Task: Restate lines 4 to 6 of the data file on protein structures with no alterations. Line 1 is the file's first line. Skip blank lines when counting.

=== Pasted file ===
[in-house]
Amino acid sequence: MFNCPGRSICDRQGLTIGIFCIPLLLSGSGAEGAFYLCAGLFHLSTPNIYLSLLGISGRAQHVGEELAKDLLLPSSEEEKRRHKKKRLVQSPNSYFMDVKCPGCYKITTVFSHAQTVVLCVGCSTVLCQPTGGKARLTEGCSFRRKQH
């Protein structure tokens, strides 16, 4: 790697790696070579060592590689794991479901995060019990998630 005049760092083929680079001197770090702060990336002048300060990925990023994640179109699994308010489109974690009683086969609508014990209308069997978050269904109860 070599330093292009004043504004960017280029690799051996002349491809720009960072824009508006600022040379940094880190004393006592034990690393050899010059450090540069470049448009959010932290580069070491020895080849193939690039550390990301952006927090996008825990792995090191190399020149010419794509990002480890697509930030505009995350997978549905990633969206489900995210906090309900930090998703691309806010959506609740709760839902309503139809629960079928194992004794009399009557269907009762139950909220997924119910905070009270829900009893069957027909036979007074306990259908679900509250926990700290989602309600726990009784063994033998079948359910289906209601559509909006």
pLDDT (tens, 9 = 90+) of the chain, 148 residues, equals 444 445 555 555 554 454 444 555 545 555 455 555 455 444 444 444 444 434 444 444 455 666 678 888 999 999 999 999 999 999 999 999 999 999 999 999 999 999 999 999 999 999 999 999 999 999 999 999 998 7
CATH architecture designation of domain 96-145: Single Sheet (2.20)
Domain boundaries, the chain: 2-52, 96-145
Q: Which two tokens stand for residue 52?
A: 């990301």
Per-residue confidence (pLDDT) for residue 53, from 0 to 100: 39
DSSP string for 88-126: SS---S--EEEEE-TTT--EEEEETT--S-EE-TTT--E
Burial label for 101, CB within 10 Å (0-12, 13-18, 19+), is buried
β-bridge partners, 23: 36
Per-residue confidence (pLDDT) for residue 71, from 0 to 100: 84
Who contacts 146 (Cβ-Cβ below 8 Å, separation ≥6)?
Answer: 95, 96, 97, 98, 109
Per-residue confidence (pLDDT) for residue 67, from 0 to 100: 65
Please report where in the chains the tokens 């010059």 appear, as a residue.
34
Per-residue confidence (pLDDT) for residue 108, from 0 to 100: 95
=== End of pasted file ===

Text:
pLDDT (tens, 9 = 90+) of the chain, 148 residues, equals 444 445 555 555 554 454 444 555 545 555 455 555 455 444 444 444 444 434 444 444 455 666 678 888 999 999 999 999 999 999 999 999 999 999 999 999 999 999 999 999 999 999 999 999 999 999 999 999 998 7
CATH architecture designation of domain 96-145: Single Sheet (2.20)
Domain boundaries, the chain: 2-52, 96-145